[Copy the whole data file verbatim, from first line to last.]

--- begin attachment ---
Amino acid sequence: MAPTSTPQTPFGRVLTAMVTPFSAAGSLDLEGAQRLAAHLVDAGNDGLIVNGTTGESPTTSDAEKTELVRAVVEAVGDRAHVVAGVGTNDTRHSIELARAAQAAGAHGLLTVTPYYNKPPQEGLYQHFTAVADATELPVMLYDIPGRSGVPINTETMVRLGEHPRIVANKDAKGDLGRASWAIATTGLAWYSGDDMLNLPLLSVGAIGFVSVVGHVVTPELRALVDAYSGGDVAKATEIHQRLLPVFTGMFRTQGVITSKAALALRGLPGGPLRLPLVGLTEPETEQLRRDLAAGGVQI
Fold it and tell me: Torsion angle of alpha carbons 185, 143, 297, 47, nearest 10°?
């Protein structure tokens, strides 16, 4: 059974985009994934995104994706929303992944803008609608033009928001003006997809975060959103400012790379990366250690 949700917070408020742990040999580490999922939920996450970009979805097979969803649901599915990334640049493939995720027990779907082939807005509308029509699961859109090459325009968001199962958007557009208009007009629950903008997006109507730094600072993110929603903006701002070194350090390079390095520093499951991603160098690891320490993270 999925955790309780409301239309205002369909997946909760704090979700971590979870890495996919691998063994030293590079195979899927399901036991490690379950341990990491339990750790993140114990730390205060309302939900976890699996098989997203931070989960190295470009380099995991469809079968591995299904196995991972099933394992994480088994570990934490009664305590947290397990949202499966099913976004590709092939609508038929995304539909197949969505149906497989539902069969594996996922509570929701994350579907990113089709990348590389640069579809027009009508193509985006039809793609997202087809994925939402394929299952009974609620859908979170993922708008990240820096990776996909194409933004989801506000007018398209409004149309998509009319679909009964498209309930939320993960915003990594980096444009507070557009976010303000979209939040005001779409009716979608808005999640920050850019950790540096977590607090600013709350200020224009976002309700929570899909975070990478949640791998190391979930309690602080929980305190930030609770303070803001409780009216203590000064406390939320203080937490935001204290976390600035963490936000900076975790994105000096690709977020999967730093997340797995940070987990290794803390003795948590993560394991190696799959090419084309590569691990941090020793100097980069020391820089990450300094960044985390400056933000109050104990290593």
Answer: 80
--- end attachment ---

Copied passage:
Amino acid sequence: MAPTSTPQTPFGRVLTAMVTPFSAAGSLDLEGAQRLAAHLVDAGNDGLIVNGTTGESPTTSDAEKTELVRAVVEAVGDRAHVVAGVGTNDTRHSIELARAAQAAGAHGLLTVTPYYNKPPQEGLYQHFTAVADATELPVMLYDIPGRSGVPINTETMVRLGEHPRIVANKDAKGDLGRASWAIATTGLAWYSGDDMLNLPLLSVGAIGFVSVVGHVVTPELRALVDAYSGGDVAKATEIHQRLLPVFTGMFRTQGVITSKAALALRGLPGGPLRLPLVGLTEPETEQLRRDLAAGGVQI
Fold it and tell me: Torsion angle of alpha carbons 185, 143, 297, 47, nearest 10°?
């Protein structure tokens, strides 16, 4: 059974985009994934995104994706929303992944803008609608033009928001003006997809975060959103400012790379990366250690 949700917070408020742990040999580490999922939920996450970009979805097979969803649901599915990334640049493939995720027990779907082939807005509308029509699961859109090459325009968001199962958007557009208009007009629950903008997006109507730094600072993110929603903006701002070194350090390079390095520093499951991603160098690891320490993270 999925955790309780409301239309205002369909997946909760704090979700971590979870890495996919691998063994030293590079195979899927399901036991490690379950341990990491339990750790993140114990730390205060309302939900976890699996098989997203931070989960190295470009380099995991469809079968591995299904196995991972099933394992994480088994570990934490009664305590947290397990949202499966099913976004590709092939609508038929995304539909197949969505149906497989539902069969594996996922509570929701994350579907990113089709990348590389640069579809027009009508193509985006039809793609997202087809994925939402394929299952009974609620859908979170993922708008990240820096990776996909194409933004989801506000007018398209409004149309998509009319679909009964498209309930939320993960915003990594980096444009507070557009976010303000979209939040005001779409009716979608808005999640920050850019950790540096977590607090600013709350200020224009976002309700929570899909975070990478949640791998190391979930309690602080929980305190930030609770303070803001409780009216203590000064406390939320203080937490935001204290976390600035963490936000900076975790994105000096690709977020999967730093997340797995940070987990290794803390003795948590993560394991190696799959090419084309590569691990941090020793100097980069020391820089990450300094960044985390400056933000109050104990290593």
Answer: 80